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4 big myths of Book of Revelation
The Book of Revelation has terrified and confused readers for centuries. Few agree on its meaning, but many have opinions.
March 31st, 2012
10:00 PM ET

4 big myths of Book of Revelation

By John Blake, CNN

(CNN) – The anti-Christ. The Battle of Armageddon. The dreaded Four Horsemen of the Apocalypse.

You don’t have to be a student of religion to recognize references from the Book of Revelation. The last book in the Bible has fascinated readers for centuries. People who don’t even follow religion are nonetheless familiar with figures and images from Revelation.

And why not? No other New Testament book reads like Revelation. The book virtually drips with blood and reeks of sulfur. At the center of this final battle between good and evil is an action-hero-like Jesus, who is in no mood to turn the other cheek.

Elaine Pagels, one of the world’s leading biblical scholars, first read Revelation as a teenager. She read it again in writing her latest book, “Revelations: Visions, Prophecy & Politics in the Book of Revelation.”

Pagels’ book is built around a simple question: What does Revelation mean? Her answers may disturb people who see the book as a prophecy about the end of the world.

But people have clashed over the meaning of Revelation ever since it was virtually forced into the New Testament canon over the protests of some early church leaders, Pagels says.

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“There were always debates about it,” she says. “Some people said a heretic wrote it. Some said a disciple. There were always people who loved and championed it.”

The debate persists. Pagels adds to it by challenging some of the common assumptions about Revelation.

Here are what she says are four big myths about Revelation::

1. It’s about the end of the world

Anyone who has read the popular “Left Behind” novels or listened to pastors preaching about the “rapture” might see Revelation as a blow-by-blow preview of how the world will end.

Pagels, however, says the writer of Revelation was actually describing the way his own world ended.

She says the writer of Revelation may have been called John – the book is sometimes called “Book of the Revelation of Saint John the Divine” but he was not the disciple who accompanied Jesus. He was a devout Jew and mystic exiled on the island of Patmos, off the coast of  present-day Greece.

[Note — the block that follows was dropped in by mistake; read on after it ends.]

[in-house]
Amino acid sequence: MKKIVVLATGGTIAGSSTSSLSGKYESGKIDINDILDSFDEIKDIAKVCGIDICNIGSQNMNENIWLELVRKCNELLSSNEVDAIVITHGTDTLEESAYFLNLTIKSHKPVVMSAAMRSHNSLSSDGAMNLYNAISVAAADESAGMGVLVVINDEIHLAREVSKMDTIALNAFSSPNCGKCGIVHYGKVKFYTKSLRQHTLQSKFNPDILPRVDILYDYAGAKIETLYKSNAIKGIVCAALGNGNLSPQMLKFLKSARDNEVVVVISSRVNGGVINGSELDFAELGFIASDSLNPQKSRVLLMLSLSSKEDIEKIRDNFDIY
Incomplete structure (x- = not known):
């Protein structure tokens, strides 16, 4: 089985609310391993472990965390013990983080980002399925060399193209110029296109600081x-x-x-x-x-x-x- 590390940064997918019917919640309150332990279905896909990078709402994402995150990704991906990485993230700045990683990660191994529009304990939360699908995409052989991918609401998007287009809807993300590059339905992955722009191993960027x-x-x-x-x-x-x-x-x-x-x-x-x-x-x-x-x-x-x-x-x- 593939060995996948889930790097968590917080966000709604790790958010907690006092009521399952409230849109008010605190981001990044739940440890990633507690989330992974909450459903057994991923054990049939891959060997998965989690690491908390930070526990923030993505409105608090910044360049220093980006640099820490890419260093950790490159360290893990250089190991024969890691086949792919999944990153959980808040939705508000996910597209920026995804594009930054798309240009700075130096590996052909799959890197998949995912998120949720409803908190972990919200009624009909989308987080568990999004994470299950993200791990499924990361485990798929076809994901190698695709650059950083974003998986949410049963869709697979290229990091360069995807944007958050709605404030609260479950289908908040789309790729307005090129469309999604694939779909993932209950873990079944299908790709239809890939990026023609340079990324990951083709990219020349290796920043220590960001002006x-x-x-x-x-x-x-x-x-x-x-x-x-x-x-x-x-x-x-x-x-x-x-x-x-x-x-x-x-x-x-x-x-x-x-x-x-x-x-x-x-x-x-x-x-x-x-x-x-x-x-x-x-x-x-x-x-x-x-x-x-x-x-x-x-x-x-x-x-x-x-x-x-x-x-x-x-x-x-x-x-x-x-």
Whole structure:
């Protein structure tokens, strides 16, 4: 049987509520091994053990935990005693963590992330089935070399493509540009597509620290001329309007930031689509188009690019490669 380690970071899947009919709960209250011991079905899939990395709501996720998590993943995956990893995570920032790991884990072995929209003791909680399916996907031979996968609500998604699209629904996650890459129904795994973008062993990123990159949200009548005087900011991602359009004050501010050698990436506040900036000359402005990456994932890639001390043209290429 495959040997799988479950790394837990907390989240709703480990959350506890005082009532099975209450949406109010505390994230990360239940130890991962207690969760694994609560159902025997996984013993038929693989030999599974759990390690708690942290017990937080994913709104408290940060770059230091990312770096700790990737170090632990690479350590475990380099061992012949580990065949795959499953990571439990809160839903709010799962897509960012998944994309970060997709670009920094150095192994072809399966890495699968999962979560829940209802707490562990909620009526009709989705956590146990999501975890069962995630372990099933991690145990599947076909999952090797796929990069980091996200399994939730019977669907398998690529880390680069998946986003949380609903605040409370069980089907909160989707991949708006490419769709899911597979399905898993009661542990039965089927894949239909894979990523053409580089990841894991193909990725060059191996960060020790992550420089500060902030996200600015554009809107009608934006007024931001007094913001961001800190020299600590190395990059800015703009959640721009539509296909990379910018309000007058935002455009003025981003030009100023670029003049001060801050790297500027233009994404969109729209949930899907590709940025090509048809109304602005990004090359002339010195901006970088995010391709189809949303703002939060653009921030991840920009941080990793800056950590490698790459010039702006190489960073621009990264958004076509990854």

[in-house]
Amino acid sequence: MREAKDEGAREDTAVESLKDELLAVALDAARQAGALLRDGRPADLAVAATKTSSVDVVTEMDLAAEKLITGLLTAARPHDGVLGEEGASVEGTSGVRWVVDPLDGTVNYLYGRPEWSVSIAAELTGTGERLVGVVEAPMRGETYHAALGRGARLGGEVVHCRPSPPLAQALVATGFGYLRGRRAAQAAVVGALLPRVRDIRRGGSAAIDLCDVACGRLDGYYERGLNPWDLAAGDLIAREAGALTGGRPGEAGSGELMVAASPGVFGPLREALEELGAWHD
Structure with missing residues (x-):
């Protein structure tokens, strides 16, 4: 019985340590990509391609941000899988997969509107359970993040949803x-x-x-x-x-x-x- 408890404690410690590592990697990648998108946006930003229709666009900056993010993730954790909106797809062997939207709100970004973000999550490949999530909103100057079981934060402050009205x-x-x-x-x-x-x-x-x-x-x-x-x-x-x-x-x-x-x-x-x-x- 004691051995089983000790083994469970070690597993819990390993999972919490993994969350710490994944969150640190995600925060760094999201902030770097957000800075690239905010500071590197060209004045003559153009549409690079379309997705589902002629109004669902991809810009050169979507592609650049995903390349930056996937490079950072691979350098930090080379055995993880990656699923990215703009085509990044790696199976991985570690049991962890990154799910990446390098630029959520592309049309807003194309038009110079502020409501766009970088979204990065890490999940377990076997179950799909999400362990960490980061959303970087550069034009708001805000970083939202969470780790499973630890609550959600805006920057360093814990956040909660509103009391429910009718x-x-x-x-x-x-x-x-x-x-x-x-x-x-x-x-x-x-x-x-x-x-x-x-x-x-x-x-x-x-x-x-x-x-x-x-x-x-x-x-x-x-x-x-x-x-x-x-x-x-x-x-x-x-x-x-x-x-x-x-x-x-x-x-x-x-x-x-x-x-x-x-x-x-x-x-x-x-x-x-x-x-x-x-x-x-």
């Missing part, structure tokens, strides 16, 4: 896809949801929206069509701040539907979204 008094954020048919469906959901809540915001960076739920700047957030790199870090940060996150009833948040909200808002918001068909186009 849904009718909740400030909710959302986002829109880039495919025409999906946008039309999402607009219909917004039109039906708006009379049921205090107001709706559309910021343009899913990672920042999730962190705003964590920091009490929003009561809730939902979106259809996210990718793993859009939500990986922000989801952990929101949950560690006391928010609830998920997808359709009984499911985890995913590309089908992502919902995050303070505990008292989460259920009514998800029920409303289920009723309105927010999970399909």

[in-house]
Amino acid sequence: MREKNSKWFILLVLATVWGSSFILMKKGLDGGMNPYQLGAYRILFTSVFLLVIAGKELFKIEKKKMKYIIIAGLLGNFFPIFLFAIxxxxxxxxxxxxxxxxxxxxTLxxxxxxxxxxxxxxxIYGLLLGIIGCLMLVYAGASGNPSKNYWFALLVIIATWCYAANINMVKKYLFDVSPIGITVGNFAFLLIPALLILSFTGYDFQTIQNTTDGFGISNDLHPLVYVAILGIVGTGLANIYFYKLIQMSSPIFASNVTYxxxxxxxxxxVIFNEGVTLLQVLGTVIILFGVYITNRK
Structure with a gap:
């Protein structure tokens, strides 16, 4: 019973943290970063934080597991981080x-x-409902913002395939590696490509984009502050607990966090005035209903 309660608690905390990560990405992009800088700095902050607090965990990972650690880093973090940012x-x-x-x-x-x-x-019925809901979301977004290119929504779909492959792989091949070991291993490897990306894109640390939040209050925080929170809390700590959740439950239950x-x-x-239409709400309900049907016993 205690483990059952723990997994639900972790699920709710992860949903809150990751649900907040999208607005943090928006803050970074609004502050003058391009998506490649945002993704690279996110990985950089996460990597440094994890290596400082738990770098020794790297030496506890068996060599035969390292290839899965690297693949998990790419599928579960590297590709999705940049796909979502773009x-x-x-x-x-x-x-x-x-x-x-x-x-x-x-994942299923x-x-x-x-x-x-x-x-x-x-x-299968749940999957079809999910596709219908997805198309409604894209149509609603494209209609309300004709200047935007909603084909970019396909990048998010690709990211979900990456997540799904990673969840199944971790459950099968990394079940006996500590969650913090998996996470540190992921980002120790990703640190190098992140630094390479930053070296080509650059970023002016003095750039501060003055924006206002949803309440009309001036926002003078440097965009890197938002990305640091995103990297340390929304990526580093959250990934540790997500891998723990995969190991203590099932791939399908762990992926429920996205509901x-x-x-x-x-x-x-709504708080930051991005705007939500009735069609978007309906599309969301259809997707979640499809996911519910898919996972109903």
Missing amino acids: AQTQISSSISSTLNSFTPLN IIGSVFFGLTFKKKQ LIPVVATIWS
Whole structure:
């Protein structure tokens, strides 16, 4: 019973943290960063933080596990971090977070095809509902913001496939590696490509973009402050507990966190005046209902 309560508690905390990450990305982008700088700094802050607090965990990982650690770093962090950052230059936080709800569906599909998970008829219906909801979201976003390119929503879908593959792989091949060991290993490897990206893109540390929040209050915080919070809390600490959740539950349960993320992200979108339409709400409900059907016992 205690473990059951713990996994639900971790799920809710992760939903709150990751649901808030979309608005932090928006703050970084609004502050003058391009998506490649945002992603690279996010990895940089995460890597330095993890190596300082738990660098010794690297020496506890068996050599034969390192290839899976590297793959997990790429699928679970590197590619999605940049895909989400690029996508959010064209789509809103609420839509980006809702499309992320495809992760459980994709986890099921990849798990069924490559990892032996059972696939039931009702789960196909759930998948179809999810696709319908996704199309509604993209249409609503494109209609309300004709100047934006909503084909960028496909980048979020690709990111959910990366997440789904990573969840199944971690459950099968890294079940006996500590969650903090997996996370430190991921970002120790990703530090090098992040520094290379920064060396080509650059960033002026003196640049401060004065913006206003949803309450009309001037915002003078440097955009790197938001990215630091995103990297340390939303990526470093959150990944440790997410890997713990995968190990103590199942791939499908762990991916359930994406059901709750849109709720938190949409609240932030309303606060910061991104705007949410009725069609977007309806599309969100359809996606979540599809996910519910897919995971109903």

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“He would have been a very simple man in his clothes and dress,” Pagels says. “He may have gone from church to church preaching his message. He seems more like a traveling preacher or a prophet.”

The author of Revelation had experienced a catastrophe. He wrote his book not long after 60,000 Roman soldiers had stormed Jerusalem in 70 A.D., burned down its great temple and left the city in ruins after putting down an armed Jewish revolt.

For some of the earliest Jewish followers of Jesus, the destruction of Jerusalem was incomprehensible. They had expected Jesus to return “with power” and conquer Rome before inaugurating a new age. But Rome had conquered Jesus’ homeland instead.

The author of Revelation was trying to encourage the followers of Jesus at a time when their world seemed doomed. Think of the Winston Churchill radio broadcasts delivered to the British during the darkest days of World War II.

Revelation was an anti-Roman tract and a piece of war propaganda wrapped in one. The message: God would return and destroy the Romans who had destroyed Jerusalem.

“His primary target is Rome,” Pagels says of the book’s author. “He really is deeply angry and grieved at the Jewish war and what happened to his people.”

2. The numerals 666 stand for the devil

The 1976 horror film “The Omen” scared a lot of folks. It may have scared some theologians, too, who began encountering people whose view of Revelation comes from a Hollywood movie.

The Omen” depicted the birth and rise of the “anti-Christ,” the cunning son of Satan who would be known by “the mark of the beast,” 666, on his body.

Here’s the passage from Revelation that “The Omen” alluded to: “This calls for wisdom: let anyone with understanding calculate the number of the beast, for it is the number of a person. Its number is six hundred sixty-six.”

Good movies, though, don’t always make good theology. Most people think 666 stands for an anti-Christ-like figure that will deceive humanity and trigger a final battle between good and evil. Some people think he’s already here.

Pagels, however, says the writer of Revelation didn’t really intend 666 as the devil’s digits. He was describing another incarnation of evil: The Roman emperor, Nero.